US Supreme Court to hear Donald Trump appeal on Colorado ballot

Western US state disqualified former president for re-election bid on basis of engaging in January 6 insurrection

Republican presidential candidate and former US president Donald Trump will have his appeal of a Colorado ballot disqualification heard at the country's top court. Reuters
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The US Supreme Court on Friday agreed to hear Donald Trump's appeal of a judicial decision barring the former president from the state's Republican primary ballot, with the case having major implications for the 2024 presidential election.

At issue is the Colorado Supreme Court's December 19 ruling disqualifying Mr Trump from the state's Republican primary ballot based on language in the US Constitution's 14th Amendment concerned with engaging in insurrection, with the former president accused of inciting the January 6, 2021, Capitol riots.

The justices made their decision to hear the case with unusual speed. Mr Trump, the front-runner for his party's nomination to challenge Democratic President Joe Biden in the November election, filed his appeal on Wednesday. The state Republican Party on December 27 also appealed the ruling.

The state court, acting in a challenge to Mr Trump by Republican and unaffiliated voters in Colorado, found Mr Trump ineligible for the presidency under a constitutional provision that bars anyone who “engaged in insurrection or rebellion” from holding public office.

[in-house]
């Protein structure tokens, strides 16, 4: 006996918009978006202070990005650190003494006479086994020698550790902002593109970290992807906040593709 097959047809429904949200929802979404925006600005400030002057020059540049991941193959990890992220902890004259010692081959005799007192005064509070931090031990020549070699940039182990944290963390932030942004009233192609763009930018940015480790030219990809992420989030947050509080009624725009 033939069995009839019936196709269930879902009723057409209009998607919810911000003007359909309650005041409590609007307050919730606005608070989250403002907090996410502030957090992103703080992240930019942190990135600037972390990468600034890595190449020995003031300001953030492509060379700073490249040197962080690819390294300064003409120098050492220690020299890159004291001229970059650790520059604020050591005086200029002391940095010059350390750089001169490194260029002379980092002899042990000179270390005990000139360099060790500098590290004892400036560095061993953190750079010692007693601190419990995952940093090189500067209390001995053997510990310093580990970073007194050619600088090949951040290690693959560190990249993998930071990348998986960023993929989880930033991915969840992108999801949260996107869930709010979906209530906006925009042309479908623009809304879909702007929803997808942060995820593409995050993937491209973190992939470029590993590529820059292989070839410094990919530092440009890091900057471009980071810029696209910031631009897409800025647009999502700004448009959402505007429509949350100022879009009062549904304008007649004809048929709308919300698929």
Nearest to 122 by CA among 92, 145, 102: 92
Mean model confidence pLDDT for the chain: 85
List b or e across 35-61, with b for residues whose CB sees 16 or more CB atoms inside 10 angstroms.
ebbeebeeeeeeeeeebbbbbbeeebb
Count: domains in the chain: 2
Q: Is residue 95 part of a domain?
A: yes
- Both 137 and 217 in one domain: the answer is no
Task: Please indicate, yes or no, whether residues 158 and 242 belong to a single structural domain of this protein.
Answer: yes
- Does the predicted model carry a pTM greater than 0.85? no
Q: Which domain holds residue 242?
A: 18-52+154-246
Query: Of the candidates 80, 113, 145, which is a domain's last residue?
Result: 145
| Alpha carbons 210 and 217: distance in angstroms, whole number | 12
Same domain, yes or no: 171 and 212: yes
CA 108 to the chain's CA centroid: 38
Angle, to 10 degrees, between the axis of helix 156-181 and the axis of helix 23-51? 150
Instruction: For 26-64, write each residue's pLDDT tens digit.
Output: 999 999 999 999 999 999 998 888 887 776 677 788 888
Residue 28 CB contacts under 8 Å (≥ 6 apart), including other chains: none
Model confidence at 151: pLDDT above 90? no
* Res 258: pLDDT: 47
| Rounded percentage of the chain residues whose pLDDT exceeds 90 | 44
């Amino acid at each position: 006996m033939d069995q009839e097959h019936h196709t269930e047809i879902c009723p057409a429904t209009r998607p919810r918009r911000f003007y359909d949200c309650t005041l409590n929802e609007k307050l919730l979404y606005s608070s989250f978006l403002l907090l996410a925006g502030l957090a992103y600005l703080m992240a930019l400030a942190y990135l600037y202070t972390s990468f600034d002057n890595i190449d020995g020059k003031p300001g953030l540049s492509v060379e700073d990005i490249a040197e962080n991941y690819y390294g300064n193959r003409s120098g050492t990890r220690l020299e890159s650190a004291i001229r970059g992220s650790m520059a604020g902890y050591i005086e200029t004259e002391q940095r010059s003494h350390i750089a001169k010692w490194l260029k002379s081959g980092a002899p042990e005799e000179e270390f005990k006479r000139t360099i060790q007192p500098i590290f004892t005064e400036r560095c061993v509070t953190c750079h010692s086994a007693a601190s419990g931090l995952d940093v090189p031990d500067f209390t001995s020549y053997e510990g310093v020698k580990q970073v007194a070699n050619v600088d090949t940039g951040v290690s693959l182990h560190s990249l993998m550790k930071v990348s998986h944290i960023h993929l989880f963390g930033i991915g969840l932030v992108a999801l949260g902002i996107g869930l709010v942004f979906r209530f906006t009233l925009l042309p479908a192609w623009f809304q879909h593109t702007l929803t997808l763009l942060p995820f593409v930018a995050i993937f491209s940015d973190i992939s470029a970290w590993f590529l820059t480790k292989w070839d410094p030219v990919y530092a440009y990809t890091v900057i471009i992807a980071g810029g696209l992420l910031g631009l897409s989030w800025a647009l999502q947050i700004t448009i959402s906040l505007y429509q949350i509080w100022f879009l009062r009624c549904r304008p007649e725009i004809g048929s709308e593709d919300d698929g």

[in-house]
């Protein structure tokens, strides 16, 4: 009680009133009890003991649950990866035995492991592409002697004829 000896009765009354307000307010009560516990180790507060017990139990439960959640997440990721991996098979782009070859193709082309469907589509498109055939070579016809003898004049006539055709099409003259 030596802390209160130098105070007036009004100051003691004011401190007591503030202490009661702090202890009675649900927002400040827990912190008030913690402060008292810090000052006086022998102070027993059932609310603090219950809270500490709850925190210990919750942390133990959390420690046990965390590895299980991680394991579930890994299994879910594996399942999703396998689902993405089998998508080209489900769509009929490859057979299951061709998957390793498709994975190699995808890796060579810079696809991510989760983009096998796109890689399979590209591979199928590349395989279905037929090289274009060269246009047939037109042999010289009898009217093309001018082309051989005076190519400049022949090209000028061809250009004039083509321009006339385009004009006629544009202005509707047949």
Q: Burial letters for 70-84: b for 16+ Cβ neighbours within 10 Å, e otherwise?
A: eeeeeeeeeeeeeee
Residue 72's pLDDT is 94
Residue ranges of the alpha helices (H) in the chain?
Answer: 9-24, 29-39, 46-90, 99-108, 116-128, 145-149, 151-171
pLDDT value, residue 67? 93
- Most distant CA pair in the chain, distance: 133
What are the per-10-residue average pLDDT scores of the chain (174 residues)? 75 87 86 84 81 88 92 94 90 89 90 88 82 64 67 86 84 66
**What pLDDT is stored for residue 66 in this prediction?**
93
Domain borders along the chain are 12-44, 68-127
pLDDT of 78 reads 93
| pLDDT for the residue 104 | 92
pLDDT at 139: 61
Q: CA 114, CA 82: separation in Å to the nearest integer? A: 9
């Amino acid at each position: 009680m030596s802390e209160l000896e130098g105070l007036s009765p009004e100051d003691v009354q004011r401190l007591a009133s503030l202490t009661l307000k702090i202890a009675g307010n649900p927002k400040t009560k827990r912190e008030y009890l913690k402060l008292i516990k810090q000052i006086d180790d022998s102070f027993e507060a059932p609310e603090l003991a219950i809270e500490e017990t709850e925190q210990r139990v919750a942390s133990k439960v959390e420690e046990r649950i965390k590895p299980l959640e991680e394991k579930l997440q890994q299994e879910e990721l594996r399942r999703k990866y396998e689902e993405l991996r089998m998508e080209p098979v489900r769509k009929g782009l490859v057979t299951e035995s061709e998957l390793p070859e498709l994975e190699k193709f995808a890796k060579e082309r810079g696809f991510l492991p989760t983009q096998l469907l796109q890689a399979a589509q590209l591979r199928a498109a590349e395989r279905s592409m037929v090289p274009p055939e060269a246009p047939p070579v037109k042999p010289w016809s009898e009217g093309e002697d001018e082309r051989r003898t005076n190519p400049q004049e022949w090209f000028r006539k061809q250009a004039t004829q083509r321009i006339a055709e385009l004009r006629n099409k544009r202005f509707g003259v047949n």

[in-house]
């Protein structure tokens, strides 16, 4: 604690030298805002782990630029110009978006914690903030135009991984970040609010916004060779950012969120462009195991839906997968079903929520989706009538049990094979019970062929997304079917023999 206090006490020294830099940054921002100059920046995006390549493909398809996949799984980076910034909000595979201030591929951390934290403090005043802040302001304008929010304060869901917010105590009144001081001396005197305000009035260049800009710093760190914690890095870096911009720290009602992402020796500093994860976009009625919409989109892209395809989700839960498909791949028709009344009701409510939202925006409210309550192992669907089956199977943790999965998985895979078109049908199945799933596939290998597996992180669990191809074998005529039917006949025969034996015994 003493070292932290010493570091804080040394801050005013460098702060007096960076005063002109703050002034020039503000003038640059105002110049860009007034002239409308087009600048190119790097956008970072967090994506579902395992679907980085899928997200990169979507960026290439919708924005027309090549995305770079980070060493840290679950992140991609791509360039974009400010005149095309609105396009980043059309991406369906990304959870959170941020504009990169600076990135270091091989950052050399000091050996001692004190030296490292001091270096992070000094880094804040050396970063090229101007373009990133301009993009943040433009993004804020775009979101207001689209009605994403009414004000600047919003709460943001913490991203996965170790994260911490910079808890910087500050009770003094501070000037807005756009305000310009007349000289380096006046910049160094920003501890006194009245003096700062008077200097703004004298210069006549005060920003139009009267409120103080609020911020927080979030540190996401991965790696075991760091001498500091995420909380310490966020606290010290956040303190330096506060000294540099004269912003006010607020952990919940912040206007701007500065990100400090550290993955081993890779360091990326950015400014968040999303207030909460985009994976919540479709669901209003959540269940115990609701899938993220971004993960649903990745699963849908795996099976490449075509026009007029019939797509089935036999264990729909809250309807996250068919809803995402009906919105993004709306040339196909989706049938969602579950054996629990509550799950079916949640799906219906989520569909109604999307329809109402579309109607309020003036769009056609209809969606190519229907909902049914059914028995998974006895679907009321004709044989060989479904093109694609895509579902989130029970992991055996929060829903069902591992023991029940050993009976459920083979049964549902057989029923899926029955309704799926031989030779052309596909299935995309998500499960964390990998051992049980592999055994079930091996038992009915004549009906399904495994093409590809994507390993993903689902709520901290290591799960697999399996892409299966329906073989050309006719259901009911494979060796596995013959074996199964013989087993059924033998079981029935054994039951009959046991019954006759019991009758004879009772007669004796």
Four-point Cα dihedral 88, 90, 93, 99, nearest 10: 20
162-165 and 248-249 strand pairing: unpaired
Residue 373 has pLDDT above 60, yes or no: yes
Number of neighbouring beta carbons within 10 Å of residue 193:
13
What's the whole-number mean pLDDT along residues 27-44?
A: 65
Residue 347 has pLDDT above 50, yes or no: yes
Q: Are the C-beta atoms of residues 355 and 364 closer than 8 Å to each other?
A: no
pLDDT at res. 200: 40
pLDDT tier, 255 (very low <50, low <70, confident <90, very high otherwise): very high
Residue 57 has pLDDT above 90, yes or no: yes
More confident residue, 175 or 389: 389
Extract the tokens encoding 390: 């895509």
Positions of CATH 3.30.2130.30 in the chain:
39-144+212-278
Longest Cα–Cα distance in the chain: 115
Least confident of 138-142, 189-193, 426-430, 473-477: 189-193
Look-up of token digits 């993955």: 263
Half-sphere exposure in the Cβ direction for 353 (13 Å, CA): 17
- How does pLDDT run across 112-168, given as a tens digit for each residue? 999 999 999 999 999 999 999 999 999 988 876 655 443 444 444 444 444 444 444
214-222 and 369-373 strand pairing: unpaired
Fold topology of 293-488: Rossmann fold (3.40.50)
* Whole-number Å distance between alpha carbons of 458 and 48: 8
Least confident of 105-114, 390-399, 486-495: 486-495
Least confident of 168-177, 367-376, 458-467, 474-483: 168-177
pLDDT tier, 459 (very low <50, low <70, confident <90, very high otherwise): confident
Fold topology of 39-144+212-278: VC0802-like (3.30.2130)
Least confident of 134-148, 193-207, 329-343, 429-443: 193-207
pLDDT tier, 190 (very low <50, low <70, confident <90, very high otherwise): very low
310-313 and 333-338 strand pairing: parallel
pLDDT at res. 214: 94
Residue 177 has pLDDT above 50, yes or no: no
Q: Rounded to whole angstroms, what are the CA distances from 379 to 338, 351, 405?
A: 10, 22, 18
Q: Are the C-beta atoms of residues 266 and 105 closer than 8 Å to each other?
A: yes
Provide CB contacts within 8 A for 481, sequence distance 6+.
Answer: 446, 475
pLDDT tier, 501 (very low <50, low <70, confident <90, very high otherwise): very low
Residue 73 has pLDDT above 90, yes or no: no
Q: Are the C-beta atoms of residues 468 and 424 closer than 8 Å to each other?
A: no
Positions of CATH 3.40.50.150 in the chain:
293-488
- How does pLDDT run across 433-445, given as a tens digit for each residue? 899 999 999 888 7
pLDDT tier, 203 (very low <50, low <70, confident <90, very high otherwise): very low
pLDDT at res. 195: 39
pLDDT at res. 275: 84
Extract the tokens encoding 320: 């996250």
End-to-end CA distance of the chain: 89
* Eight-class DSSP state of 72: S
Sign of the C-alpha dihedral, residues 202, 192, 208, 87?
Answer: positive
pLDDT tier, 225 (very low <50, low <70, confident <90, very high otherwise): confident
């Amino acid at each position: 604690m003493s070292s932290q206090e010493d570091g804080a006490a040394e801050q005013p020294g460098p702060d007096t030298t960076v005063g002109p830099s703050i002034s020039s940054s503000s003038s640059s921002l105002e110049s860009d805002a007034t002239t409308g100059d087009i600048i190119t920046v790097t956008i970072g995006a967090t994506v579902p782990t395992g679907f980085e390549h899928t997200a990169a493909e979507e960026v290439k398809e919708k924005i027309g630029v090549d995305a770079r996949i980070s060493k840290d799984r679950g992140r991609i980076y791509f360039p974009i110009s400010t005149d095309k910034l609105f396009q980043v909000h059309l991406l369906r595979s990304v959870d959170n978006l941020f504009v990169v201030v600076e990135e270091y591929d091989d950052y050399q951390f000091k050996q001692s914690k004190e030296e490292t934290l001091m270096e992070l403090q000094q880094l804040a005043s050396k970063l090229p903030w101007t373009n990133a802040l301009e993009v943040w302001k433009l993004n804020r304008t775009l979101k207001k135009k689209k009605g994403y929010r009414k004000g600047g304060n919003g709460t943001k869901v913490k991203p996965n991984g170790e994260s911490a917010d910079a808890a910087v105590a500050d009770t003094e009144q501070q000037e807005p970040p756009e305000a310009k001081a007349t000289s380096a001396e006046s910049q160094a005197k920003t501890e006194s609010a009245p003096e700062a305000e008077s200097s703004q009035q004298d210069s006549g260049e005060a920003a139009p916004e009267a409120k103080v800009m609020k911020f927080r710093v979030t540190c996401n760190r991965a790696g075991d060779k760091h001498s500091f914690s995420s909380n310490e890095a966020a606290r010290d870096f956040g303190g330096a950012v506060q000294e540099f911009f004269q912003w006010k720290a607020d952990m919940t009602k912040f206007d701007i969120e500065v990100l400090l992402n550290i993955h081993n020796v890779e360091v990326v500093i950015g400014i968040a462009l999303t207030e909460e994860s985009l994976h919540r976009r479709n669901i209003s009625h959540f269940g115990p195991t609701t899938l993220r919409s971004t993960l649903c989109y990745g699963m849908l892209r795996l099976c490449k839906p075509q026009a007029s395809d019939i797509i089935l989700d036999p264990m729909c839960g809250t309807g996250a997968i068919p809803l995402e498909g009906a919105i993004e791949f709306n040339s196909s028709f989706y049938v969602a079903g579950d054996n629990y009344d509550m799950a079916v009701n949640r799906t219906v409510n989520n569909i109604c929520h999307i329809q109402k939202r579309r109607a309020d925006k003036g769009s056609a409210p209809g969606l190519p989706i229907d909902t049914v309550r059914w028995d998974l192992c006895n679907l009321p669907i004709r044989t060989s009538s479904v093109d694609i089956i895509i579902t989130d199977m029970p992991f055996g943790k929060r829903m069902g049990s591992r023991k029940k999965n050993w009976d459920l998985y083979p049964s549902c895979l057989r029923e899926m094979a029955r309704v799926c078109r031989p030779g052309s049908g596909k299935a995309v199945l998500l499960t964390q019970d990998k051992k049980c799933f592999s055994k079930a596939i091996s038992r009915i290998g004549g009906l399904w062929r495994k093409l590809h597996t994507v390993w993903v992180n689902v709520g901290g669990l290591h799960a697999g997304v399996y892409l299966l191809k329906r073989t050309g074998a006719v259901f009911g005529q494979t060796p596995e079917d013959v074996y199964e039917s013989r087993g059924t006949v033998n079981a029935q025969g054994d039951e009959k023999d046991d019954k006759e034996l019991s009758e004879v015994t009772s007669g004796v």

Trump disqualified from standing for President in Colorado

Trump disqualified from standing for President in Colorado

The Colorado case thrusts the Supreme Court – whose 6-3 conservative majority includes three justices appointed by Mr Trump – into the unprecedented and politically fraught effort to invalidate his bid to reclaim the White House.

Many Republicans have decried the disqualification as election interference, while proponents of disqualification have said holding Mr Trump constitutionally accountable for an insurrection supports democratic values.

He already faces criminal charges in two cases related to his effort to overturn his 2020 election loss to Mr Biden.

Mr Trump also has appealed a Maine court a decision by that state's top election official barring him from the primary ballot under the same constitutional provision at issue in the Colorado case.

While the Colorado case could hamper Mr Trump's bid to win back the presidency, it also has major implications for the justices. Given the political nature of the dispute, they run the risk of appearing partisan whichever way they lean.

Their action will shape a wider effort to disqualify Mr Trump from other state ballots as the 2024 election draws closer.

Colorado and Maine are both Democratic-leaning states and non-partisan US political analysts forecast that both states are unlikely to back a Republican presidential candidate on November 5. But there are efforts under way in other states – including competitive Michigan – that could shape the election's outcome.

The Colorado court's ruling marked the first time in history that Section 3 of the 14th Amendment – the so-called disqualification clause – was used to deem a presidential candidate ineligible.

Updated: January 06, 2024, 12:47 AM